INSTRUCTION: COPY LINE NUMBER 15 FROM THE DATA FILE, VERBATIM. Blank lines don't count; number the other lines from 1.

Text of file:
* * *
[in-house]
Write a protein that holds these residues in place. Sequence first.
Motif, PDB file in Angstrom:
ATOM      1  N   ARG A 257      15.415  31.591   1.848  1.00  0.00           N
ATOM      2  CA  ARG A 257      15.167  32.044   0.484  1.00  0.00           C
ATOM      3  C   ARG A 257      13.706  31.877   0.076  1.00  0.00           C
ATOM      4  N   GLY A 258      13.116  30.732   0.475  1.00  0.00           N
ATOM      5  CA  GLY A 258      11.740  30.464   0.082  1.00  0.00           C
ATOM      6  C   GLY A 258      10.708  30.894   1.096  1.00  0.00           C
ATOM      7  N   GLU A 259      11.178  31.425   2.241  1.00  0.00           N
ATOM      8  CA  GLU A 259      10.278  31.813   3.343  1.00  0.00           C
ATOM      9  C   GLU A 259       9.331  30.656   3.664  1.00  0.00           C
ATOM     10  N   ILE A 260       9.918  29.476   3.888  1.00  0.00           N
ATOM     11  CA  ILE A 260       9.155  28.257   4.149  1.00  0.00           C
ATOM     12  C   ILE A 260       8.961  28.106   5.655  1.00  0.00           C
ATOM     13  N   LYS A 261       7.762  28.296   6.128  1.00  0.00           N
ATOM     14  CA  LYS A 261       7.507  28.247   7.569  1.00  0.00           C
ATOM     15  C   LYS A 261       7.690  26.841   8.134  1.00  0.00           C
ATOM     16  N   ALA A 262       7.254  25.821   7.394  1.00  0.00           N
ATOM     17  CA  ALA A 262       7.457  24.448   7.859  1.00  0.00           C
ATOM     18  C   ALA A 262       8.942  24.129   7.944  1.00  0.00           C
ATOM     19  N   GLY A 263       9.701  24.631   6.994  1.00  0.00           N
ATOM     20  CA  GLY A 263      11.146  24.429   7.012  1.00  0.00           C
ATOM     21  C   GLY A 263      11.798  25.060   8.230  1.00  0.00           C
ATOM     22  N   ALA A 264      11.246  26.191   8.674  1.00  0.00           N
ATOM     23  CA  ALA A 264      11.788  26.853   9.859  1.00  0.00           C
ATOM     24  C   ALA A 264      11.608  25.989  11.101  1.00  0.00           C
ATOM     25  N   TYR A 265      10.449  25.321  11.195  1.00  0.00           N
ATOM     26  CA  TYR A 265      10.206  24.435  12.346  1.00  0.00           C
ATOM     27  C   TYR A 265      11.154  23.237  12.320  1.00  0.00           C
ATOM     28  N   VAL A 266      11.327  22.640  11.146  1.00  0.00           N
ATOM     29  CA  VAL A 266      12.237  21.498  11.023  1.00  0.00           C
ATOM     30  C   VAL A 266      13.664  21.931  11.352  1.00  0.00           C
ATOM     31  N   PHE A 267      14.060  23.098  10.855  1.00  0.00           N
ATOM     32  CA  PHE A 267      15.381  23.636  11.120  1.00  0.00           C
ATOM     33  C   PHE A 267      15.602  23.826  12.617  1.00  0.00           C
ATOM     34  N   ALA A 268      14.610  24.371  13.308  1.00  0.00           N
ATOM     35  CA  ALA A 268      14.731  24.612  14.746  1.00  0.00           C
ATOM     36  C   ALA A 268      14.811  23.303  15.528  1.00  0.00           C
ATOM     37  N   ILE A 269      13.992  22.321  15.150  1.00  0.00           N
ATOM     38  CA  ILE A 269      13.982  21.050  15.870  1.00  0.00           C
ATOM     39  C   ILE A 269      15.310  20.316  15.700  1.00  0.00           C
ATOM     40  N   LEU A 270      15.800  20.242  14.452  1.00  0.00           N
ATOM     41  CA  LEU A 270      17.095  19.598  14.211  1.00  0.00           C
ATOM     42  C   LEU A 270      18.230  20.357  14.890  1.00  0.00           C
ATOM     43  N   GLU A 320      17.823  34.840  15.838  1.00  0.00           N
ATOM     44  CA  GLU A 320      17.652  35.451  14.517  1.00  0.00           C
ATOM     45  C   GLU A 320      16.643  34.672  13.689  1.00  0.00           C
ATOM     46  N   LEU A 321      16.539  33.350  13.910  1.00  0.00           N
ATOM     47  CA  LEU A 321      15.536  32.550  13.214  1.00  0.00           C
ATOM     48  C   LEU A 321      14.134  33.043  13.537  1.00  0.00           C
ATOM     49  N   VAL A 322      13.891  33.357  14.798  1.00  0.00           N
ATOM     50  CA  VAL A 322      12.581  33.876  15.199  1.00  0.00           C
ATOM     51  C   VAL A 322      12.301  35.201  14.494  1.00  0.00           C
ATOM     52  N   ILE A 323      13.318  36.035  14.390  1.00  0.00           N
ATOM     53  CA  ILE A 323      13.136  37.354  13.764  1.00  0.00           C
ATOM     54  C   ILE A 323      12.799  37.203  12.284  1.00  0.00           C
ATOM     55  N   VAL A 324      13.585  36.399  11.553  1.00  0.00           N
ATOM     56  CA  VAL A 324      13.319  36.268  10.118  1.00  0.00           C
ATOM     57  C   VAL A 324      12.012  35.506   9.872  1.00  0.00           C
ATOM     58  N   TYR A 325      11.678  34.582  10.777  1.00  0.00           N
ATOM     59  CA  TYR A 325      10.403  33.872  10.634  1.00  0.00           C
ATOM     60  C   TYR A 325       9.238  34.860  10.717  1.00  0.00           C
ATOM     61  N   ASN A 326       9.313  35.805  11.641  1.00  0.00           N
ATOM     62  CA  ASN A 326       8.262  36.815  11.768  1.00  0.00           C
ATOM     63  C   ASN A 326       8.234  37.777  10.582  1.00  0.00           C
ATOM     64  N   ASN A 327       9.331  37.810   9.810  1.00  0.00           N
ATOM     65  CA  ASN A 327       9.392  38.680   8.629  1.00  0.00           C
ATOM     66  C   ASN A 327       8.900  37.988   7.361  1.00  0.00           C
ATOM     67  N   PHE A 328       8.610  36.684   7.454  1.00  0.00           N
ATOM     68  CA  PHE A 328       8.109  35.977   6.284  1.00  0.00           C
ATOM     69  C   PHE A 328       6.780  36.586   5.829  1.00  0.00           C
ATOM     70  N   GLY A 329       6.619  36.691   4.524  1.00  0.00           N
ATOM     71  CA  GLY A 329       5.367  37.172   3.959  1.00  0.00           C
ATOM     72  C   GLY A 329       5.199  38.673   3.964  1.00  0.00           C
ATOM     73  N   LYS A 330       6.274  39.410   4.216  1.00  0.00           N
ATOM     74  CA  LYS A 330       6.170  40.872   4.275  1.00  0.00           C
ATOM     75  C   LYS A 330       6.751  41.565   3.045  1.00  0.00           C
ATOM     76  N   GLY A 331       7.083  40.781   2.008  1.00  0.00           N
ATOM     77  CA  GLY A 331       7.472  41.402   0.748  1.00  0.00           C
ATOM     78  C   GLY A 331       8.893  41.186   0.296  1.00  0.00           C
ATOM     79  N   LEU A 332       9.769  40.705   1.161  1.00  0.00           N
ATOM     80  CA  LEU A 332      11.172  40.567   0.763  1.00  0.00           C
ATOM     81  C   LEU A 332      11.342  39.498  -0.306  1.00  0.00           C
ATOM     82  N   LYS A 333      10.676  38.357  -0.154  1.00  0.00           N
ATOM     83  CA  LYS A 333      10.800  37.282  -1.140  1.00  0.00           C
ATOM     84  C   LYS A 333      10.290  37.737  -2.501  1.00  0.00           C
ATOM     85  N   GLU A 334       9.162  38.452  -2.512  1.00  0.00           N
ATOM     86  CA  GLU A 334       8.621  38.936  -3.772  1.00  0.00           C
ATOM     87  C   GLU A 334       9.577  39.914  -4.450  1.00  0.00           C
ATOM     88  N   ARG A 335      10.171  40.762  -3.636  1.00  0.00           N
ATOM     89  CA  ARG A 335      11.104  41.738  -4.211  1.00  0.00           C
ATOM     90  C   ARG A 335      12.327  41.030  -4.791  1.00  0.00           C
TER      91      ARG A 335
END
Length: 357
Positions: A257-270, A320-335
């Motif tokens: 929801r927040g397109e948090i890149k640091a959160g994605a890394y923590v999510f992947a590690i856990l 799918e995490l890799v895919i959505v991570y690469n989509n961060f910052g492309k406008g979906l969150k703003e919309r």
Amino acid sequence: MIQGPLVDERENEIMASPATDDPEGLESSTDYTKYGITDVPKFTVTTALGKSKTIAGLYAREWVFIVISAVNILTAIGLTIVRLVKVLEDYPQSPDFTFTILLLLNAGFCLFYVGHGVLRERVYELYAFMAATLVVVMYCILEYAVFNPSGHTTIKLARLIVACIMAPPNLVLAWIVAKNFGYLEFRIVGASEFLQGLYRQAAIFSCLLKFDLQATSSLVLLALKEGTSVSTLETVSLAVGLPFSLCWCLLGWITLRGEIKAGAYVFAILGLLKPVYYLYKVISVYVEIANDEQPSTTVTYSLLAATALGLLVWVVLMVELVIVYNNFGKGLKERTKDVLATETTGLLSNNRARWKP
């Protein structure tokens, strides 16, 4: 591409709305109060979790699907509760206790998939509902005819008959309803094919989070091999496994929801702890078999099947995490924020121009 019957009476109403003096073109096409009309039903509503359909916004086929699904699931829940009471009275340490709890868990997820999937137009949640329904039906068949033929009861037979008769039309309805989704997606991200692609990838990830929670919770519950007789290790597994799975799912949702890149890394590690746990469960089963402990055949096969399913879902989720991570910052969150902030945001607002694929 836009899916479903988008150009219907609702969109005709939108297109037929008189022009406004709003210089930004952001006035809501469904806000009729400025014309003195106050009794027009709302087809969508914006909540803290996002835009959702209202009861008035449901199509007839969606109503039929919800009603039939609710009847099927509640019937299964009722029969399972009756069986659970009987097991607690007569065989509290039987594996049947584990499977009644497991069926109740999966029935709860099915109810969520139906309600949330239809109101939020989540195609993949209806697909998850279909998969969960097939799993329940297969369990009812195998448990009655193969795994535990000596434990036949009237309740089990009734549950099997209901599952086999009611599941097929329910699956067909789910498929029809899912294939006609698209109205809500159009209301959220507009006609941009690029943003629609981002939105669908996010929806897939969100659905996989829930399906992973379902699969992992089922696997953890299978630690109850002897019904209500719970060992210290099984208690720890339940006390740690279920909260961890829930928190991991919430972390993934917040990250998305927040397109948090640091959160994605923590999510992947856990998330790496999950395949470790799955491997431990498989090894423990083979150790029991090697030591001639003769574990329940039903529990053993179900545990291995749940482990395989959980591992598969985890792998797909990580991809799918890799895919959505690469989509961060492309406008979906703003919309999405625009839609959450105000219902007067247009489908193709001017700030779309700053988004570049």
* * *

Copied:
ATOM     12  C   ILE A 260       8.961  28.106   5.655  1.00  0.00           C